One of the most troubling and confusing chapters in Kingdom Now: Pursuing Unity in the Body of Christ to Change the World is Chapter 6, “Confess Your Sins to One Another.” Despite being perfectly biblical (see James 5:16), it befuddles both Protestants and Catholics alike. Protestants think that confession to another person isn’t a common practice. For Catholics, confession is reserved for the priest. Yet James puts it right in the middle of a section on prayer and healing for one another. What’s that all about?
I thought I had explained it well in the book, but members of my groups still struggled with the concept and I struggled with giving them an example.
Real Life Experience
Then one day immediately following our group, I met a friend for lunch. She was running a bit late, and as she rushed in, before she even sat down, she blurted out, “I can’t believe what I just did!” As she settled, she told me the gruesome tale of how she had reacted to something her mother had said. She repeated her mom’s words and her own words and tone. She expounded on her attitude and how she had totally not respected her mom. She confessed that she was still upset and didn’t know how to make it right.
As she talked, I realized that we confess our sins to one another all the time.
No, we don’t enter a confessional or sit side by side or back-to-back. We don’t make a ritual of it. We simply share with those we’re close to. Those we trust. We share our shortcomings and ask for help in repenting, in getting back to normal in whatever circumstance we’re explaining. All that is confessing our sins to one another. We do it over lunch or coffee. On the phone. In an email. And frankly, we don’t think much of it. We usually don’t think of it as confession; we think of it as confiding. As sharing with our friend. But the reality is, we have just confessed a sin and we are consciously or subconsciously expecting a response.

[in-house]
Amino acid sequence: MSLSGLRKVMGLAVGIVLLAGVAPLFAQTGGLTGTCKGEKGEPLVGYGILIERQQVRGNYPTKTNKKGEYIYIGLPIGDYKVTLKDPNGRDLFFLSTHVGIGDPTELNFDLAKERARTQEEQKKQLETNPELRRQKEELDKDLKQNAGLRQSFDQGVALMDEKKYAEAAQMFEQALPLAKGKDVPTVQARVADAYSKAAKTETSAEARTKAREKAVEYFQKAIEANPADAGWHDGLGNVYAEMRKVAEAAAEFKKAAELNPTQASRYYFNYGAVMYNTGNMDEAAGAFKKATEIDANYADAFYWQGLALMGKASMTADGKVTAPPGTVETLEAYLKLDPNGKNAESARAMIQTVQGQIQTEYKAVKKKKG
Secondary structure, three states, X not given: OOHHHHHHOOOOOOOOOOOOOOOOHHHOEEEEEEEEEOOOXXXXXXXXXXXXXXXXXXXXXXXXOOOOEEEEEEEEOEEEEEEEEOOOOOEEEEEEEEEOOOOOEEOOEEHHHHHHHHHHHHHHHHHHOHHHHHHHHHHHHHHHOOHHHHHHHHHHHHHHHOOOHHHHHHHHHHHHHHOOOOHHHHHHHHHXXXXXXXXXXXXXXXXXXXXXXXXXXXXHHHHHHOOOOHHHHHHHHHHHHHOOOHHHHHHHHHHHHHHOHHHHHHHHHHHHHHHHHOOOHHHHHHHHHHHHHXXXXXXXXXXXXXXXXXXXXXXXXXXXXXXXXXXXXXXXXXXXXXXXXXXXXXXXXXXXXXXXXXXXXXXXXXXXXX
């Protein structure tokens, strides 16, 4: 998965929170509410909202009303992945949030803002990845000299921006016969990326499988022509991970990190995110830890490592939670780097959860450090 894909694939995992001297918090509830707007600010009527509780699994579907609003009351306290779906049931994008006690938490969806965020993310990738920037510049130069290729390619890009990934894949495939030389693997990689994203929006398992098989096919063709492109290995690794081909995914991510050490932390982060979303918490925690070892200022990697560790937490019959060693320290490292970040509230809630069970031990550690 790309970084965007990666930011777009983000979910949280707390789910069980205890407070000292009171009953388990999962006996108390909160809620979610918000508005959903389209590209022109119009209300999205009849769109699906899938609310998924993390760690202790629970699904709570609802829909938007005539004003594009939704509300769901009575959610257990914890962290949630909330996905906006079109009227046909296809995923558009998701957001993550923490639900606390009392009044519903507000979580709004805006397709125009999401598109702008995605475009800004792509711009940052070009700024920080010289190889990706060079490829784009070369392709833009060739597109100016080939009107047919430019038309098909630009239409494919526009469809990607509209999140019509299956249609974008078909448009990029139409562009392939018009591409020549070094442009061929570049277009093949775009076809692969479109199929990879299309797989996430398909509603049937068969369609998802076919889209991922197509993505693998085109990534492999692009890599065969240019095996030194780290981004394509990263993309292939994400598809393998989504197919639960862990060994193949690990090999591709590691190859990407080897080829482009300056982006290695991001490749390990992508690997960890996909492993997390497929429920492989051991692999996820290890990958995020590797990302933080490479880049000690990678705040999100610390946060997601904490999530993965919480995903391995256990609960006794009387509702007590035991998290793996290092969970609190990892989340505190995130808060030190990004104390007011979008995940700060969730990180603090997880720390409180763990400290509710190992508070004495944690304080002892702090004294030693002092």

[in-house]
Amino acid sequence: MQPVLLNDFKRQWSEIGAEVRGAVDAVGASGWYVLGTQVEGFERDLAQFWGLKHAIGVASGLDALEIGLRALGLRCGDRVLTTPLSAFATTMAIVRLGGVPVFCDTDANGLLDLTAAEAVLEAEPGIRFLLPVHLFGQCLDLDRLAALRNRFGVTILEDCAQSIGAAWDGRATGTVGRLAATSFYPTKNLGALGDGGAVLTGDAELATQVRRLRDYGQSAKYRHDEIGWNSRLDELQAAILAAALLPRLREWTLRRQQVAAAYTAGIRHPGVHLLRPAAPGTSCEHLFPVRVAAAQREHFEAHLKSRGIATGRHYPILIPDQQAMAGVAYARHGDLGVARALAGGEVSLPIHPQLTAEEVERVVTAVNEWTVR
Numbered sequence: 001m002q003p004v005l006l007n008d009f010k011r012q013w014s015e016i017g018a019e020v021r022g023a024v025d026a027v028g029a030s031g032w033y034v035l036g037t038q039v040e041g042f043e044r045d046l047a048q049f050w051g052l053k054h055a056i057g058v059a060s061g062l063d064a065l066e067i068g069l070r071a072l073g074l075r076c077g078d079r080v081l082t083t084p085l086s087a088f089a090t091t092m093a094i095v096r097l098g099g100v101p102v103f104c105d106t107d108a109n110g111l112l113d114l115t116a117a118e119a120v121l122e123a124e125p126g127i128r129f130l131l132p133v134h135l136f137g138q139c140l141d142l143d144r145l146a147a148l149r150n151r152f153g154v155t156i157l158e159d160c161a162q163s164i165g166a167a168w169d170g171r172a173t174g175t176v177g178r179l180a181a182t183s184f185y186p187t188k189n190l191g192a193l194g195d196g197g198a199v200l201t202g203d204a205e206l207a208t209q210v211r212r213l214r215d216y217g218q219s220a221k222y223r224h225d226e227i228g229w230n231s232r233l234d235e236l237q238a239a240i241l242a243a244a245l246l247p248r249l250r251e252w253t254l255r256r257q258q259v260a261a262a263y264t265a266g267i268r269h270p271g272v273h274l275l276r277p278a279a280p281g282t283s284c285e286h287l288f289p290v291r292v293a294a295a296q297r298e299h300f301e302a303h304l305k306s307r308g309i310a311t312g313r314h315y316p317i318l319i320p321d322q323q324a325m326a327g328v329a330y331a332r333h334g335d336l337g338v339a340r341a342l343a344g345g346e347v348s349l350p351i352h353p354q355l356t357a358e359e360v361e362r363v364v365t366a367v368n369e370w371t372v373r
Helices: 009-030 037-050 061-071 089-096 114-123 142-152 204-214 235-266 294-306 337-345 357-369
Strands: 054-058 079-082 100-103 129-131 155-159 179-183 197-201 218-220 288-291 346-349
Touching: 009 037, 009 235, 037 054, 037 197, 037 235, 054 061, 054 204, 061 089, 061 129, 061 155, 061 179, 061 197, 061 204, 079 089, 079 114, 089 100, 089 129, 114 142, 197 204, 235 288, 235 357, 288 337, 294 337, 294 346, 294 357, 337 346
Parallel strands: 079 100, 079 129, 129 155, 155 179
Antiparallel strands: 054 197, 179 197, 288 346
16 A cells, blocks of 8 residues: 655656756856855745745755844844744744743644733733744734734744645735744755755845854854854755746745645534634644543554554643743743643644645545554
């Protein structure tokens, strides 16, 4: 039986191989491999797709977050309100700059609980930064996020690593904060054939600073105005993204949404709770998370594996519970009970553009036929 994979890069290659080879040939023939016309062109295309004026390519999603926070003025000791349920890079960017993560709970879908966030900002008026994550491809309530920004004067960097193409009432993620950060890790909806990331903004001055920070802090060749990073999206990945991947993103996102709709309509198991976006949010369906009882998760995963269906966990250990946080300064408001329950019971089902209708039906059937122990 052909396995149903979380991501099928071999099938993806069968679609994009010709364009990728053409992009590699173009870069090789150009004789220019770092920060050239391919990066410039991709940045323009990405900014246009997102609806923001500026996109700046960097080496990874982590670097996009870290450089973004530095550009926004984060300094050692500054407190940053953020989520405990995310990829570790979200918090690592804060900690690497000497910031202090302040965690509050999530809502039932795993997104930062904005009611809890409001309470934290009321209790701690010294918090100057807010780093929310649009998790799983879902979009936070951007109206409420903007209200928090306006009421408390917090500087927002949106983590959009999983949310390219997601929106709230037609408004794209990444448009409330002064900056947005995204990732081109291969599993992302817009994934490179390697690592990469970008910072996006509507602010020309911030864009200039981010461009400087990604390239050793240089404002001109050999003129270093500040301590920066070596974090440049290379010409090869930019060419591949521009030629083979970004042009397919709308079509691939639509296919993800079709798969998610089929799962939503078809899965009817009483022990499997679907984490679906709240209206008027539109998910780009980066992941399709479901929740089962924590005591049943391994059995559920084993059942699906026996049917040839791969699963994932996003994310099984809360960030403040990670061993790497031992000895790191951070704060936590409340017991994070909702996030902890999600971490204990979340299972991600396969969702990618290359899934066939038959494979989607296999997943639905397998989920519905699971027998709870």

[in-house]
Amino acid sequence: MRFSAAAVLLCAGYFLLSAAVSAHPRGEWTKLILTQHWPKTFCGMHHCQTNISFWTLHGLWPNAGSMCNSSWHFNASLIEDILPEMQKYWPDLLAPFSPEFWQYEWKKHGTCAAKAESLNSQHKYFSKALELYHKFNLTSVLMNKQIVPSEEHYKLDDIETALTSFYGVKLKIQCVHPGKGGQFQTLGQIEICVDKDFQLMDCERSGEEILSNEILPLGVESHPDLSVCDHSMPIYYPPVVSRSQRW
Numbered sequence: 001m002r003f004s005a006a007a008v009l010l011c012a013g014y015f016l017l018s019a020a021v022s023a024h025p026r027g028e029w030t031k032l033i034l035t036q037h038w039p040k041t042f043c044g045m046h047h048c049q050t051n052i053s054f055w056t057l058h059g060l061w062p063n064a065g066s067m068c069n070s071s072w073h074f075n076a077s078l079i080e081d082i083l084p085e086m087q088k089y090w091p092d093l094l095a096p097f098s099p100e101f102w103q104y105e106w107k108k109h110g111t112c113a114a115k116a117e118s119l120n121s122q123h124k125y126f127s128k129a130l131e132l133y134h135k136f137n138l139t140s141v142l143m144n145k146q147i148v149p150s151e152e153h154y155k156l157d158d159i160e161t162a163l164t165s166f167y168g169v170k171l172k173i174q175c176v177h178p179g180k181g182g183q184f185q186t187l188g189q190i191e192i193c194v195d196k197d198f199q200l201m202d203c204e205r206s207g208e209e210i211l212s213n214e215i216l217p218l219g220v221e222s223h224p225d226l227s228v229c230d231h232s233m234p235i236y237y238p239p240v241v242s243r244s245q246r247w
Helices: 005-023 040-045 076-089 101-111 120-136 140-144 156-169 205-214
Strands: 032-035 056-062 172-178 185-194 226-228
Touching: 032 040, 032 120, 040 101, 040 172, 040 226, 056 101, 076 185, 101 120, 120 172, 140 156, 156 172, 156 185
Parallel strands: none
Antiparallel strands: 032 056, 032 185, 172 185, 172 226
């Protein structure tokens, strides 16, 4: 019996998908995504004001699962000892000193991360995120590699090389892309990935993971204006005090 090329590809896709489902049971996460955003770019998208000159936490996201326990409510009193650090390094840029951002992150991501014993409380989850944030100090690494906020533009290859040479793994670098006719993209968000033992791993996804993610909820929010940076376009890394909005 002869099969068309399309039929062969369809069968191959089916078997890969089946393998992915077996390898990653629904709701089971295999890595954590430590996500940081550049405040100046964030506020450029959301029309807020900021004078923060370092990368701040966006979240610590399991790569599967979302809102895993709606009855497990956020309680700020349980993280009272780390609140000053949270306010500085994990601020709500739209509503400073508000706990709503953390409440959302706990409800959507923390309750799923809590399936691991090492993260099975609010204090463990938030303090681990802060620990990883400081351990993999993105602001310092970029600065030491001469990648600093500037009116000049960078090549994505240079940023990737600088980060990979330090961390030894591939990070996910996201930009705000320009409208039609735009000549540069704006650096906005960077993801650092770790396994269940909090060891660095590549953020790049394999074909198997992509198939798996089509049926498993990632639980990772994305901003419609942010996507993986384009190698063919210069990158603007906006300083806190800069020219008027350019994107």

A Listener’s Response
As listening friends, we exhibit empathy, warmth, and respect. We nod. We use appropriate body language. We sigh. We say, “Oh no!” And then in one way or another, we offer absolution. Perhaps this is where we could be a bit more deliberate. Perhaps we could offer specific words of forgiveness and declare the sin forgiven (see John 20:23). We often talk about ways to handle the issue better the next time. We usually encourage the friend to go back to Mom and repent. We may even do some healing prayer to help our friend heal from childhood hurts or enemy attack.
My point is, being the Body of Christ isn’t hard. It’s something we do every day. We just don’t think about it in that way. But maybe we should. Maybe we should realize that as we “one another” with one another, we are being the Church, the ekklesia. And as we extend those practices outside of the Christian community, we are being the ekklesia. And that’s really what being the Church is all about.
So don’t get hung up on the logistics of confessing your sins to one another. My guess is that you do it all the time.